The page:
Staff Summary of Public Testimony on Bill as Amended by Committee (Early Learning & K-12 Education): PRO: The homeless grace period was first created in 2017 to help families who were facing barriers with accessing WCCC subsidy. Four months is not enough time to allow families to find work, housing, and child care. Extending the homeless grace period to 12 months would allow families to have stable and quality child care for their children, which helps mitigate the trauma children are experiencing and helps prepare them for kindergarten. Until child care and housing is readily available, this grace period needs to be 12 months.
Persons Testifying (Early Learning & K-12 Education): PRO: Representative Lisa Callan, Prime Sponsor; Melissa Johnson, Washington State Association of HeadStart & ECEAP; Norma Lobo, Child Care Resources.
Persons Signed In To Testify But Not Testifying (Early Learning & K-12 Education): No one.
Staff Summary of Public Testimony on Bill as Amended by Early Learning & K-12 Education (Ways & Means): The committee recommended a different version of the bill than what was heard. PRO: The homeless grace period was created in 2017 to address barriers for families experiencing homelessness in accessing Working Connections Child Care subsidies. The data from the first two years of this program demonstrate that for half of those families accessing the grace period, they were not able to find child care within that four month period. Many of these families had difficulties because they could not find a childcare provider that would take their voucher for that four months. It takes a long to help families out of homelessness. Almost all families need help for eight or nine months, and that is because it takes them that long to find a job. These families also may have behavioral health appointments, employment training needs, and other supports that they would need child care for. Extending the grace period from 4 months to 12 months would maintain access to the high quality learning environment for homeless kids. This is critical to their childhood development. It will also give families the time needed to stabilize their situations, resolve issues relating to homelessness, and find housing and employment.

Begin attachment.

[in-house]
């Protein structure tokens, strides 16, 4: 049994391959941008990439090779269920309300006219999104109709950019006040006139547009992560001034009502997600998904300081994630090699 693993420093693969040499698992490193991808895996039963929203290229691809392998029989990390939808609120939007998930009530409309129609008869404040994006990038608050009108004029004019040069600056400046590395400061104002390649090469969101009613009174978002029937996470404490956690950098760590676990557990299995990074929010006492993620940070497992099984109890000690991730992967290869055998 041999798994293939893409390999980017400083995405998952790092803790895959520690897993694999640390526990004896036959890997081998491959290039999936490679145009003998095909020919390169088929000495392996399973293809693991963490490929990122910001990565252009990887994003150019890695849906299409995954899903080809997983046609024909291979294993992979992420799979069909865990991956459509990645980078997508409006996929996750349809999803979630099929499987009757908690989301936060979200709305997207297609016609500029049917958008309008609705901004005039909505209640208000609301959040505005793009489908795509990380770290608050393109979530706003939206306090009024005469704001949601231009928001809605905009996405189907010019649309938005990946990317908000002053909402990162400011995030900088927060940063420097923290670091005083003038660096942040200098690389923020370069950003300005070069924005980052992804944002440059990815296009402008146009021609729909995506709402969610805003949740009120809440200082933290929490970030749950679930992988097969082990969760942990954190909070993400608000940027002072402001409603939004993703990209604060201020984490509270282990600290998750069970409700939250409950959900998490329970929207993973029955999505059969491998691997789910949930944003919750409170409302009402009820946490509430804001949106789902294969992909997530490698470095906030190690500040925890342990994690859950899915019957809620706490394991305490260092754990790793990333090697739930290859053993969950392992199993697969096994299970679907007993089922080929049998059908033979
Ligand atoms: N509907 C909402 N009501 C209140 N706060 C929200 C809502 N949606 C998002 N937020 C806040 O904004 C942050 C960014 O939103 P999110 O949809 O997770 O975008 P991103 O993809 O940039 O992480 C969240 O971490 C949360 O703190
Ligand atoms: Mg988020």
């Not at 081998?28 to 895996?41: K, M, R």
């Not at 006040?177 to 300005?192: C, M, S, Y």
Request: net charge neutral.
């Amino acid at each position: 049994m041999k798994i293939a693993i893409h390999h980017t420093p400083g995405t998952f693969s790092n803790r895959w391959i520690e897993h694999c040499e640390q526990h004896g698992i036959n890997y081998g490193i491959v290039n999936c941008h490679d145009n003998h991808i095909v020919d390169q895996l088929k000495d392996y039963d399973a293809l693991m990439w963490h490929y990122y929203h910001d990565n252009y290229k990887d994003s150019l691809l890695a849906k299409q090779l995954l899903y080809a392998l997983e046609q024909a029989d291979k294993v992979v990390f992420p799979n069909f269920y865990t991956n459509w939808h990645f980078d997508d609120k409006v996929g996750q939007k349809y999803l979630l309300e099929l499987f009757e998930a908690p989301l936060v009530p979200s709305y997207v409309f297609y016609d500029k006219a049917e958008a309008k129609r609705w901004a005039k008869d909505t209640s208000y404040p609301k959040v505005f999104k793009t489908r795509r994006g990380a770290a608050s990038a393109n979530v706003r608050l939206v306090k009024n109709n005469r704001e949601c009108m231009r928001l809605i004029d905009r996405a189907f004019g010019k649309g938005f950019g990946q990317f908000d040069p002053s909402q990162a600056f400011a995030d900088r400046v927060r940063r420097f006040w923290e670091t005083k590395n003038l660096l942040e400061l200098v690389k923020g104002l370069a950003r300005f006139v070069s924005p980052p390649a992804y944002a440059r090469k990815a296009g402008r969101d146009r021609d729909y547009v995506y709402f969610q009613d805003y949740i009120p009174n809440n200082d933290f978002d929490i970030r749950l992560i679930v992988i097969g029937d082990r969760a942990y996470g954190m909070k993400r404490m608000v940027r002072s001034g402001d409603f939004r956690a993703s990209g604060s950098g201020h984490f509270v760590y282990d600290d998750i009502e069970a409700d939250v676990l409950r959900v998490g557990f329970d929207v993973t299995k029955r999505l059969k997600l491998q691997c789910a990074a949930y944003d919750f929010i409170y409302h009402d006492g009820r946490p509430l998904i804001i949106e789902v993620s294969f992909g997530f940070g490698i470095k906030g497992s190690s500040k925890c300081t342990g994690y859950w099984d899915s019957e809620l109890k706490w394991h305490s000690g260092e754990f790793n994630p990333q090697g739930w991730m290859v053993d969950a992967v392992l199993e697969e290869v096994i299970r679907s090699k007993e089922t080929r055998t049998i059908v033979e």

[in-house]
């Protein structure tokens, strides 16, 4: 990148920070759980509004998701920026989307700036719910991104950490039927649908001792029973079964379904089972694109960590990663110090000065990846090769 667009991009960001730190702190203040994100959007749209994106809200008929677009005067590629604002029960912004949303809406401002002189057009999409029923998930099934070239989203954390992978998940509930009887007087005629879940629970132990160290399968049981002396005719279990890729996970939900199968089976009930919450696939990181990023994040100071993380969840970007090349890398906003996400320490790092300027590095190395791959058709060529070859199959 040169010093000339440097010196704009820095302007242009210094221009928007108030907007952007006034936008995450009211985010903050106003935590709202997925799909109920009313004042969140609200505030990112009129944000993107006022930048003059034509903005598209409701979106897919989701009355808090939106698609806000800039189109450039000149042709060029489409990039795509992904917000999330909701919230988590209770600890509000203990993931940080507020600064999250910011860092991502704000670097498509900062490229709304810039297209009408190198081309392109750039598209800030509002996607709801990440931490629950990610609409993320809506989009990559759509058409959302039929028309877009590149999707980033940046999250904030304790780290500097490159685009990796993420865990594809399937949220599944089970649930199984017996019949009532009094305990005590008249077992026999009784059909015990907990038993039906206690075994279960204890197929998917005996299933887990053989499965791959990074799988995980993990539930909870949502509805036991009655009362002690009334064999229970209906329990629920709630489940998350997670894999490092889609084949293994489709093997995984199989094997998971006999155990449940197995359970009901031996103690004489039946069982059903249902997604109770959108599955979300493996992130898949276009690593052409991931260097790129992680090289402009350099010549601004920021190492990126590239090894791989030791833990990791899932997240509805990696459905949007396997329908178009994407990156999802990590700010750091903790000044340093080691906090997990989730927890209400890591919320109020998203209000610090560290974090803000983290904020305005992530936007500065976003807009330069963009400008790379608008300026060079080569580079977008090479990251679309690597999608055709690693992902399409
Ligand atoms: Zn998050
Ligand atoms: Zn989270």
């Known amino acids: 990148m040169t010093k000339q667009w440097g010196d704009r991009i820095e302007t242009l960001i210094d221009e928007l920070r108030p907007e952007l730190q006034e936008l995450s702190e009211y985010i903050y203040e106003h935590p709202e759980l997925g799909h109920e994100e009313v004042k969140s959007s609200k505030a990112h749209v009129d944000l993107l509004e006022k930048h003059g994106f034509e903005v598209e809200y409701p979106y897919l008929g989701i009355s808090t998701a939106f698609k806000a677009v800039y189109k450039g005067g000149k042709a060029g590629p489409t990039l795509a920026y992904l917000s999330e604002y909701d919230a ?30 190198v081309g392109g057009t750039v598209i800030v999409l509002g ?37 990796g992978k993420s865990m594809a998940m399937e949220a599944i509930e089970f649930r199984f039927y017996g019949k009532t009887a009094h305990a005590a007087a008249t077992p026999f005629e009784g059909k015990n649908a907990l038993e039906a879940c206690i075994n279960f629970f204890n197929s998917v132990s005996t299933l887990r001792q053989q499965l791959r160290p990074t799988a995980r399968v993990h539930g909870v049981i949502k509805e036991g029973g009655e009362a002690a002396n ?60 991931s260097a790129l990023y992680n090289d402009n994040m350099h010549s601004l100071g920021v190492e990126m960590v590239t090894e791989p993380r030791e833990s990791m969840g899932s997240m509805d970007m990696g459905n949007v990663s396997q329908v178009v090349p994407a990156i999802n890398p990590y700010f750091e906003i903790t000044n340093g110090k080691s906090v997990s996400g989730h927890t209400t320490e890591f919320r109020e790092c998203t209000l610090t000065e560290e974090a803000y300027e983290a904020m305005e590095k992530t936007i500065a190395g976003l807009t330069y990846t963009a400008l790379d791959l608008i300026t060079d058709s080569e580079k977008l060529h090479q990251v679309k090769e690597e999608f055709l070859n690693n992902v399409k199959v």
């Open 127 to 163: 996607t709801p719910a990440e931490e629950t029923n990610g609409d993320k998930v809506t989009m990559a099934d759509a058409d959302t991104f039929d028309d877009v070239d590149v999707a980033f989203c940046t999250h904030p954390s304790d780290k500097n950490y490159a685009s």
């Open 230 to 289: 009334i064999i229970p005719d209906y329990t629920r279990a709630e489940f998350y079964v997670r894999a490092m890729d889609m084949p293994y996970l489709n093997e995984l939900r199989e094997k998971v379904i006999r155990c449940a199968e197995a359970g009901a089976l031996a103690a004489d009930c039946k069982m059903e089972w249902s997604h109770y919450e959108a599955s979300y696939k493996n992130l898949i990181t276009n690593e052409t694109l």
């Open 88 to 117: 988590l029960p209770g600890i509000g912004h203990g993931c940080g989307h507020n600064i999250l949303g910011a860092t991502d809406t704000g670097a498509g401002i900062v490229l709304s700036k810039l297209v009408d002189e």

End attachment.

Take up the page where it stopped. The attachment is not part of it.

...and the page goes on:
Persons Testifying (Ways & Means): PRO: Melissa Johnson, Washington State Association of Headstart and ECEAP; Melanie Smith, Wellspring Family Services.
Persons Signed In To Testify But Not Testifying (Ways & Means): No one.